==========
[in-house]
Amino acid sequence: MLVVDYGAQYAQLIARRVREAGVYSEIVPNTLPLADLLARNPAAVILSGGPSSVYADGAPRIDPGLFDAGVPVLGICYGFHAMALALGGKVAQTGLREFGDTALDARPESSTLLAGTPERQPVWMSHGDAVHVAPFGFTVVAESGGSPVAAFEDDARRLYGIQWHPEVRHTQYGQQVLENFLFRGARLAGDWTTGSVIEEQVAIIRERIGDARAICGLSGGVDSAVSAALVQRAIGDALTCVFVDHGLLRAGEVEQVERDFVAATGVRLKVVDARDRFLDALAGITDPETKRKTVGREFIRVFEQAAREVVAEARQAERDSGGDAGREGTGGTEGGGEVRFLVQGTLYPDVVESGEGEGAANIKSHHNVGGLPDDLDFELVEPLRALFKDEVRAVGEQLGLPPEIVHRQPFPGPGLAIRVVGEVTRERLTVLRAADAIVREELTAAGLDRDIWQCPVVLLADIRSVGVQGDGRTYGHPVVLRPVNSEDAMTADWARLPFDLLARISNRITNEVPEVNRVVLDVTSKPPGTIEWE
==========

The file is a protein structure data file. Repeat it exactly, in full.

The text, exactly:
[in-house]
Amino acid sequence: MLVVDYGAQYAQLIARRVREAGVYSEIVPNTLPLADLLARNPAAVILSGGPSSVYADGAPRIDPGLFDAGVPVLGICYGFHAMALALGGKVAQTGLREFGDTALDARPESSTLLAGTPERQPVWMSHGDAVHVAPFGFTVVAESGGSPVAAFEDDARRLYGIQWHPEVRHTQYGQQVLENFLFRGARLAGDWTTGSVIEEQVAIIRERIGDARAICGLSGGVDSAVSAALVQRAIGDALTCVFVDHGLLRAGEVEQVERDFVAATGVRLKVVDARDRFLDALAGITDPETKRKTVGREFIRVFEQAAREVVAEARQAERDSGGDAGREGTGGTEGGGEVRFLVQGTLYPDVVESGEGEGAANIKSHHNVGGLPDDLDFELVEPLRALFKDEVRAVGEQLGLPPEIVHRQPFPGPGLAIRVVGEVTRERLTVLRAADAIVREELTAAGLDRDIWQCPVVLLADIRSVGVQGDGRTYGHPVVLRPVNSEDAMTADWARLPFDLLARISNRITNEVPEVNRVVLDVTSKPPGTIEWE